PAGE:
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|Hedge funds hike bearish bets on softs to record high - 'heralding price gains'
By Agrimoney.com - Published 26/06/2017
Hedge funds turned record bearish on soft commodities, raising ideas that prices are vulnerable to an upward spike from a change in sentiment, but continued to cut short bets on wheat, crystallising losses.
Managed money, a proxy for speculators, trimmed its net short position in futures and options in the top 13 US-traded agricultural commodities, from corn to cotton, by just 14 contracts in the week to last Tuesday, analysis of data from the Commodity Futures Trading Commission regulator shows.
However, the small reduction in the net short - the extent to which short holdings, which profit when values fall, exceed long bets, which benefit when prices gain - disguised some substantial underlying shifts.
Most notably, in New York-traded soft commodities, speculators hiked their net short position by nearly 53,000 contracts, a historically large move, to 112,417 lots the most bearish position in the complex on records going back to 2006.
Softs out of favour
The shift reflected selling in all four of the major New York-traded softs cocoa, arabica coffee, cotton and raw sugar in which the impact of some bearish ideas on individual supply ideas has been enhanced by broader selling in commodities.
The CRB commodities index last week fell to its lowest in 14 months, helped by a decline in oil prices.
And short selling on softs has been a winning bet for hedge funds, with cocoa futures falling 6.7% over the week, closer to 10-year lows, in a move Rabobank attributed to "the return of wet weather to the key cocoa areas of West Africa", a region responsible for most of the world's output of the bean.
Cotton futures last week set lows for 2017, while arabica coffee and raw sugar futures hit their weakest in 15 months.
However, the extent of the bearish betting in softs provoked ideas that further selling may be harder to come by, with this position beginning to look "crowded", encouraging many hedge funds to take profits, driving prices higher.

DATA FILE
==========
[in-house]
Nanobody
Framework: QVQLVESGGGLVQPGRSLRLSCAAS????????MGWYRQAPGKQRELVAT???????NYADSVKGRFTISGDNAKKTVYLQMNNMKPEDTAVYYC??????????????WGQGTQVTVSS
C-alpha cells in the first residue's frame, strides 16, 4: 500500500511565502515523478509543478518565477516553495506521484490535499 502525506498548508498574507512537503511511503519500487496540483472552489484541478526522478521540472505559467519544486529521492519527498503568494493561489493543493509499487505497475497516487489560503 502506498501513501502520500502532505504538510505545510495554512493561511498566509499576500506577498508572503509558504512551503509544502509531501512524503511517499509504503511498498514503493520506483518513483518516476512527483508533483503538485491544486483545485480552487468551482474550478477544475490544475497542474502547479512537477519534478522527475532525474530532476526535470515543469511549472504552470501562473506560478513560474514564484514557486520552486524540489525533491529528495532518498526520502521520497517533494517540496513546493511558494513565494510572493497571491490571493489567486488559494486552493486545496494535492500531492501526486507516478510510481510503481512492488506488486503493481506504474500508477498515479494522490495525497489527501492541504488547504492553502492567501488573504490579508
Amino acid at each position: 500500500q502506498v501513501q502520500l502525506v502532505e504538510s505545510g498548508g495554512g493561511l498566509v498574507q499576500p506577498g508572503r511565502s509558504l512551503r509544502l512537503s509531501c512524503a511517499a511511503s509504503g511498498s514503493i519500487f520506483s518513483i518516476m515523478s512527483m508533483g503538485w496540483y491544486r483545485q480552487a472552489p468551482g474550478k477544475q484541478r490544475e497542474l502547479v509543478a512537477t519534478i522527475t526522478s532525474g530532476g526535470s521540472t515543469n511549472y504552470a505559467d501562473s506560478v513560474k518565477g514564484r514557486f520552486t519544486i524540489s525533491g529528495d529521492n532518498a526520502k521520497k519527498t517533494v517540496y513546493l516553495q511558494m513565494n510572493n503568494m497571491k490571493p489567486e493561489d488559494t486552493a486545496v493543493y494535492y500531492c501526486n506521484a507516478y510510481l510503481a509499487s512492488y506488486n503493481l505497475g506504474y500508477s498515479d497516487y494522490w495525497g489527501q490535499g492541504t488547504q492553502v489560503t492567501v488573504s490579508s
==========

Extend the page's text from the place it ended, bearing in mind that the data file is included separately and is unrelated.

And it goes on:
In cotton, for instance - in which hedge funds slashed their net long to a near-one-year low - "the market has plenty of 'oversold' alarms sounding", said Tobin Gorey at Commonwealth Bank of Australia
Traders at Ecom said that "US weather is still a big component on the radar for traders, as any reports of crop damage over the next month could cause a rebound in the market".
Meanwhile in raw sugar, in which managed money raised its net short position to a two year high of more than 90,000 lots, the selling had left the "fund position now of a size the market considers lopsided", said Sucden Financial.
This implies that "the sugar bears are perhaps more vulnerable than normal to a correction" upwards in pricing.
Rabobank, flagging also that world sugar supplies have been drawn down by successive production shortfalls, said that "considering" the short position held by speculators, "any potential weather issues can spark a sharp price correction".
And in in coffee, the bank noted that "funds do not tend to stay net short for too long.
"If the [Brazilian] harvest proves to be smaller than they expect, or if there are weather issues during the key development time of the Brazilian flowering, then we may see a rush towards profit-taking."
'Leaning too short'
Among grains, there was some idea that soybeans could be vulnerable to short-covering, after funds returned to a selling trend which has reigned in all but three of the last 18 weeks.
"Despite what appears to be favourable growing conditions and the weak technical structure of the bean market, the funds may be leaning too short in soybeans," said Benson Quinn Commodities.
"I don't want to own beans, but I wouldn't be surprised to see a modest recovery in this market."
Ag advistory group Water Street Solutions said that "the market is reaching an overdone condition with bearish info getting well priced in.
"The large acreage from the USDA next Friday could very well score the summer low in soybeans."
While prices were facing pressure from ideas of strong US sowings, and benign Midwest weather, "the market is oversold and this is not a place to now get bearish".
However, in grains overall, including the soy complex, hedge funds reduced net short bets by more than 53,000 contracts to a three-month low of 164,576 lots, thanks to bullish sentiment on wheat inspired by the damage from drought to the northern US spring wheat crop, as well as some dryness problems in Australia, the EU and Ukraine too.
"Disappointing early US harvest results for winter wheat [compounded] concerns on the quality issues across wheat contracts," Rabobank added.
In Kansas City hard red winter wheat, managed money raised its net long position to 37,701 lots, the highest in three years.
In Chicago soft red winter wheat, the world benchmark, they cut bearish betting at the fastest in two years to cut their net short to a 19-month low of 61,888 contracts, and as prices were approaching one-year highs, implying the short-closing spree landed hedge funds with losses.
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